As to my schooling: I earned a B.A. from Smith College after high school in Rutland, Vermont. Then I received a M.Ed. and an honorary doctorate from Goucher College. Smith gave me the Smith Medal (2000); the Matrix Foundation, the Edith Workman Award (2003); I've taken graduate courses in journalism and in geography at New York University, child psychology at Johns Hopkins, and courses in American history and science at Brown, Harvard, Cornell, and Cambridge University. My website is: joyhakim.com.


Customer Reviews

4.6 out of 5 stars
Share your thoughts with other customers

Most Helpful Customer Reviews

10 of 10 people found the following review helpful By Lawrance Bernabo HALL OF FAMEVINE VOICE on August 2, 2003
Format: Paperback
"Liberty for All? 1820-1860" is the fifth volume in Joy Hakim's "A History of US," and focuses on the question of how slavery could exist in the land of the free. While this book clearly sets up the next volume, "War, Terrible War 1855-1865," which covers the Civil War, it also has some significant overlap with the previous volume, "The New Nation 1780-1850," which ends with the Compromise of 1850 that put off the coming war for a decade. There is not a neat and simple way of dividing up American history when covering the first half of the 19th-century, so it is not like there is an obvious solution to Hakim's problems of deciding where to end one book and begin the next.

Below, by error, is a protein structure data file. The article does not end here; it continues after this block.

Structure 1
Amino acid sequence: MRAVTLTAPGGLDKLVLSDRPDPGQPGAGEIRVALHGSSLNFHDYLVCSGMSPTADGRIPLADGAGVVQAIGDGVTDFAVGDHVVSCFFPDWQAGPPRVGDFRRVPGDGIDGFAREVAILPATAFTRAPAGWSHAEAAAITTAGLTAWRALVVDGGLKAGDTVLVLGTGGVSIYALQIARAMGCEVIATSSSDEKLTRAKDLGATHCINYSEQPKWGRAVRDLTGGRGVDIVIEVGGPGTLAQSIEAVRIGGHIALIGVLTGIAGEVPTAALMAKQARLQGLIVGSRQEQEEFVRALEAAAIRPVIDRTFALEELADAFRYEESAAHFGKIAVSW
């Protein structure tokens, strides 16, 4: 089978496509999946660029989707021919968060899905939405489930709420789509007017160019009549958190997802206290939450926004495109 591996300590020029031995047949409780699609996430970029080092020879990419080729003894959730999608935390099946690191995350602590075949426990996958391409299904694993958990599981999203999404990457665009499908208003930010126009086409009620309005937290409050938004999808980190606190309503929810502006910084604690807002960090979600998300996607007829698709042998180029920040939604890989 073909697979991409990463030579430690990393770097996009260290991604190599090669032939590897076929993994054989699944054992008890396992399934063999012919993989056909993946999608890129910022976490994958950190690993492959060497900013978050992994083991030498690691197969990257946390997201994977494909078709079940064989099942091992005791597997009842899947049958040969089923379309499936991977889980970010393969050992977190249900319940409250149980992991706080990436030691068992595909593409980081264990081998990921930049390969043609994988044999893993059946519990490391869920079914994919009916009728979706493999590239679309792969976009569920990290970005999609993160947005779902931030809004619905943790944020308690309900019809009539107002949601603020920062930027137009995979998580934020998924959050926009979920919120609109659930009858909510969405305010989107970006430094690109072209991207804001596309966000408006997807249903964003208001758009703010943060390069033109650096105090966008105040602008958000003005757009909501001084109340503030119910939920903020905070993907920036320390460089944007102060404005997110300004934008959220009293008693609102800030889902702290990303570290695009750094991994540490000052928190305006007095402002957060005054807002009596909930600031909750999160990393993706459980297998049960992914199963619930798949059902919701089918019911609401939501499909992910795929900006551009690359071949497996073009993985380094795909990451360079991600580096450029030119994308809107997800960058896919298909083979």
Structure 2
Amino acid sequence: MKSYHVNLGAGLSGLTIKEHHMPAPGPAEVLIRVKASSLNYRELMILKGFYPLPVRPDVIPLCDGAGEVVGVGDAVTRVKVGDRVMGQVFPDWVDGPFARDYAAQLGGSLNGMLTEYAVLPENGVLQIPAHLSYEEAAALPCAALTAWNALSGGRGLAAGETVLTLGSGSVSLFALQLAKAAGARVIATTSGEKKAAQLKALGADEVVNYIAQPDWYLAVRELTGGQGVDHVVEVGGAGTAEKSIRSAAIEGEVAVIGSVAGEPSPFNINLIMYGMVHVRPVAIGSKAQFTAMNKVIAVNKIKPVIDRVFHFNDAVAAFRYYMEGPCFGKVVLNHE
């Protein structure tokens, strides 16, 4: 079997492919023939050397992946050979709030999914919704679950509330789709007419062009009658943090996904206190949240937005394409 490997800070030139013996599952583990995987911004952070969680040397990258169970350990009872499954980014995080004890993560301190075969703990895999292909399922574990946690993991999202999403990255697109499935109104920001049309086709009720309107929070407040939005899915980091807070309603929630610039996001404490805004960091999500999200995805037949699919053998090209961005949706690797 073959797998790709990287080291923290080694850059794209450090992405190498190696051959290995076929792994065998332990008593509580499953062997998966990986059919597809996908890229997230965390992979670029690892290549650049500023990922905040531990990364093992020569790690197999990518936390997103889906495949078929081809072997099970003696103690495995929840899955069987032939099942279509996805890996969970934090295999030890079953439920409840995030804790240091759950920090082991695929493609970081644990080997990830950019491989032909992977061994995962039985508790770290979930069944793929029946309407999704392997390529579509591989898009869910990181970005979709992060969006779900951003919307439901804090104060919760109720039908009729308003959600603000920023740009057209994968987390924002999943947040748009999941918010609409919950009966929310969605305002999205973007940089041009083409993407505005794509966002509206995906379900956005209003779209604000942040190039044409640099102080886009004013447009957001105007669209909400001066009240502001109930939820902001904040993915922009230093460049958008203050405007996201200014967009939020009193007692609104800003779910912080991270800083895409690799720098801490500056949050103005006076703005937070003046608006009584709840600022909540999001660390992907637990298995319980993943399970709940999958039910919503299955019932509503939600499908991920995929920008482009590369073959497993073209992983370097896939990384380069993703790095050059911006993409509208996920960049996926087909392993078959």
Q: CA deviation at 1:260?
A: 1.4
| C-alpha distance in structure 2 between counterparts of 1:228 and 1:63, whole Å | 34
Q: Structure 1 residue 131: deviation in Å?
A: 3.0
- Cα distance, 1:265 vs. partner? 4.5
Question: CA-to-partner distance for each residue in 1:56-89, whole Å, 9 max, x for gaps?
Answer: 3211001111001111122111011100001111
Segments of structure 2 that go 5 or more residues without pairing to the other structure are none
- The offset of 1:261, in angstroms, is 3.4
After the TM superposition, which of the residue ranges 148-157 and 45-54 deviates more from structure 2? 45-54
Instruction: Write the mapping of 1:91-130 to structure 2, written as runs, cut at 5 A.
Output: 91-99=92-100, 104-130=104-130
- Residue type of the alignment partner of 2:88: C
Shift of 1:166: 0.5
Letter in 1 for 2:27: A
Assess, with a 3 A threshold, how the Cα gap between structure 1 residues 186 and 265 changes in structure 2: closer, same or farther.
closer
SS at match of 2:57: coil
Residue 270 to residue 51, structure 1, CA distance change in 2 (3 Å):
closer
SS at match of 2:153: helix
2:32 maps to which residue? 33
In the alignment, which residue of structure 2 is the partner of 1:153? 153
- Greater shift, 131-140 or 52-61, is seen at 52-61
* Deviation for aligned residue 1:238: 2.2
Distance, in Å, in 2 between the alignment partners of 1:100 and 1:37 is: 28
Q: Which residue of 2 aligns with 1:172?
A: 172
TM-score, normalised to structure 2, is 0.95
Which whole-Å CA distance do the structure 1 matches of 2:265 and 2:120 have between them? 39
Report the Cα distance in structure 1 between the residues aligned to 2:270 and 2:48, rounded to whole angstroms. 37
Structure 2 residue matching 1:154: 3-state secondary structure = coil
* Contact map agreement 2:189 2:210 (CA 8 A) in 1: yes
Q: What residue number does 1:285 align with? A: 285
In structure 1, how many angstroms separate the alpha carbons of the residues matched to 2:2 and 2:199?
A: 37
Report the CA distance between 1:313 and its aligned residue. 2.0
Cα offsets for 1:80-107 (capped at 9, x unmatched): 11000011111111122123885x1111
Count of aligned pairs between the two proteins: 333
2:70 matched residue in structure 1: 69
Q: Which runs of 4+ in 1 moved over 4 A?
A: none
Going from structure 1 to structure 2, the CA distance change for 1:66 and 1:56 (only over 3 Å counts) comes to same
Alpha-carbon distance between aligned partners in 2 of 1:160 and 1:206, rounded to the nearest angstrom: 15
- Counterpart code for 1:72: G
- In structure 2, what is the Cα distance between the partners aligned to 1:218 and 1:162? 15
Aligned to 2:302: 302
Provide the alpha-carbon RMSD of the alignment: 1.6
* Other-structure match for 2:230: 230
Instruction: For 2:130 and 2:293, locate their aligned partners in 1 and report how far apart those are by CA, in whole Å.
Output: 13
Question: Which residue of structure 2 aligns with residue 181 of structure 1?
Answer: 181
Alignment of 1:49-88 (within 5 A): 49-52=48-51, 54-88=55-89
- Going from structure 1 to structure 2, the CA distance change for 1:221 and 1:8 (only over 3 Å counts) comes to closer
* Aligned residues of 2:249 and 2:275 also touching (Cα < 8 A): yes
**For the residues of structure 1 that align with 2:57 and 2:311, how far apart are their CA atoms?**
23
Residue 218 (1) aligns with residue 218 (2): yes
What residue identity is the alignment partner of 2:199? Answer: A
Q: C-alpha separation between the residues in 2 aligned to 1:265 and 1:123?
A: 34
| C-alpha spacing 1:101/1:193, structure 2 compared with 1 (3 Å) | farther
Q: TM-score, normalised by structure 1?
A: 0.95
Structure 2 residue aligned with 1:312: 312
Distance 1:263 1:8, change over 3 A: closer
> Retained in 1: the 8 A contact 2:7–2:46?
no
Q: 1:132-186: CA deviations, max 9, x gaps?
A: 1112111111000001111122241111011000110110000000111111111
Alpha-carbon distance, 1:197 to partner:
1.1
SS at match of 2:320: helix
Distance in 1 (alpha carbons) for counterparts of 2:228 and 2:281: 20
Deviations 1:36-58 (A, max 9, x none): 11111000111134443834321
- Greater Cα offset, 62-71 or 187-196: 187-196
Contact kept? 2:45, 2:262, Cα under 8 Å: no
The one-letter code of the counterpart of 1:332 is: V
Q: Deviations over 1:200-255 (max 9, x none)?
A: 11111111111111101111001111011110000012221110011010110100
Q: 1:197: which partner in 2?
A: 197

Whereas "The New Nation" looks primarily at the on going political experiment that saw the creation of parties and the peaceful transition from Federalists to Democratic-Republicans, "Liberty for All?" is more about the slavery question in the context of the young nation's expanasion. The volume begins with the story of Westward expansion along the Sante Fe trail and other routes and ends with the story of the Underground Railroad. In between Hakim tells young readers about Mormons moving to Utah, Texas joining the Union, and gold being discovered in California. Opening up Japan to American trade and the Seneca Falls conference on the Rights of Women are also part of this period of American history.
This volume covers a lot of different topics from this time period. "The New Nation" has a much clearer sense of structure because it follows the administrations of the first presidents, but I think you can see four significant units in this book. The first (Chapters 1-20) deals with all the myriad aspects of western expansion, from the Mississippi to the west coast and beyond to Japan.